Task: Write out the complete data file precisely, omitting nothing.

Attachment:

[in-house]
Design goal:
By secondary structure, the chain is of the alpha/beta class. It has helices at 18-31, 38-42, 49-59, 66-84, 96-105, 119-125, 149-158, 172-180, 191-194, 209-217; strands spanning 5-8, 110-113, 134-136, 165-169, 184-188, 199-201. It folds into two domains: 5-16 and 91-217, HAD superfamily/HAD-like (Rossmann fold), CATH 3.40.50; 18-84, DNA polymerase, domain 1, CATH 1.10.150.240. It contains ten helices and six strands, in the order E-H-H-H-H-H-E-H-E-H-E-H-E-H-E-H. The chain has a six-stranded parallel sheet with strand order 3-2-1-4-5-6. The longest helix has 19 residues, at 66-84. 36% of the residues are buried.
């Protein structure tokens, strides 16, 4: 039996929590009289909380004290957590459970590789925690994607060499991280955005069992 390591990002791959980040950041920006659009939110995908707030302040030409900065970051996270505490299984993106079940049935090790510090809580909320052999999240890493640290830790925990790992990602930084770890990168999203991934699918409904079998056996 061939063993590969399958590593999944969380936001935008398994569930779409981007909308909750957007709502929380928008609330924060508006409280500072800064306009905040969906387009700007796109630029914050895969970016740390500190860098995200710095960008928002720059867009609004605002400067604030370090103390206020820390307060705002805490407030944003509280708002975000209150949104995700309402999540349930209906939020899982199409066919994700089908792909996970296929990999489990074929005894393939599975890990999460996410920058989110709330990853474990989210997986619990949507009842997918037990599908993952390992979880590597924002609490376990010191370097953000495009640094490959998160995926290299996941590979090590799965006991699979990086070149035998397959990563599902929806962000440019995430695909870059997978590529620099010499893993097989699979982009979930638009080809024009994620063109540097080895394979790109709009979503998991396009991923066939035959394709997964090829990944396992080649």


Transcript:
[in-house]
Design goal:
By secondary structure, the chain is of the alpha/beta class. It has helices at 18-31, 38-42, 49-59, 66-84, 96-105, 119-125, 149-158, 172-180, 191-194, 209-217; strands spanning 5-8, 110-113, 134-136, 165-169, 184-188, 199-201. It folds into two domains: 5-16 and 91-217, HAD superfamily/HAD-like (Rossmann fold), CATH 3.40.50; 18-84, DNA polymerase, domain 1, CATH 1.10.150.240. It contains ten helices and six strands, in the order E-H-H-H-H-H-E-H-E-H-E-H-E-H-E-H. The chain has a six-stranded parallel sheet with strand order 3-2-1-4-5-6. The longest helix has 19 residues, at 66-84. 36% of the residues are buried.
């Protein structure tokens, strides 16, 4: 039996929590009289909380004290957590459970590789925690994607060499991280955005069992 390591990002791959980040950041920006659009939110995908707030302040030409900065970051996270505490299984993106079940049935090790510090809580909320052999999240890493640290830790925990790992990602930084770890990168999203991934699918409904079998056996 061939063993590969399958590593999944969380936001935008398994569930779409981007909308909750957007709502929380928008609330924060508006409280500072800064306009905040969906387009700007796109630029914050895969970016740390500190860098995200710095960008928002720059867009609004605002400067604030370090103390206020820390307060705002805490407030944003509280708002975000209150949104995700309402999540349930209906939020899982199409066919994700089908792909996970296929990999489990074929005894393939599975890990999460996410920058989110709330990853474990989210997986619990949507009842997918037990599908993952390992979880590597924002609490376990010191370097953000495009640094490959998160995926290299996941590979090590799965006991699979990086070149035998397959990563599902929806962000440019995430695909870059997978590529620099010499893993097989699979982009979930638009080809024009994620063109540097080895394979790109709009979503998991396009991923066939035959394709997964090829990944396992080649």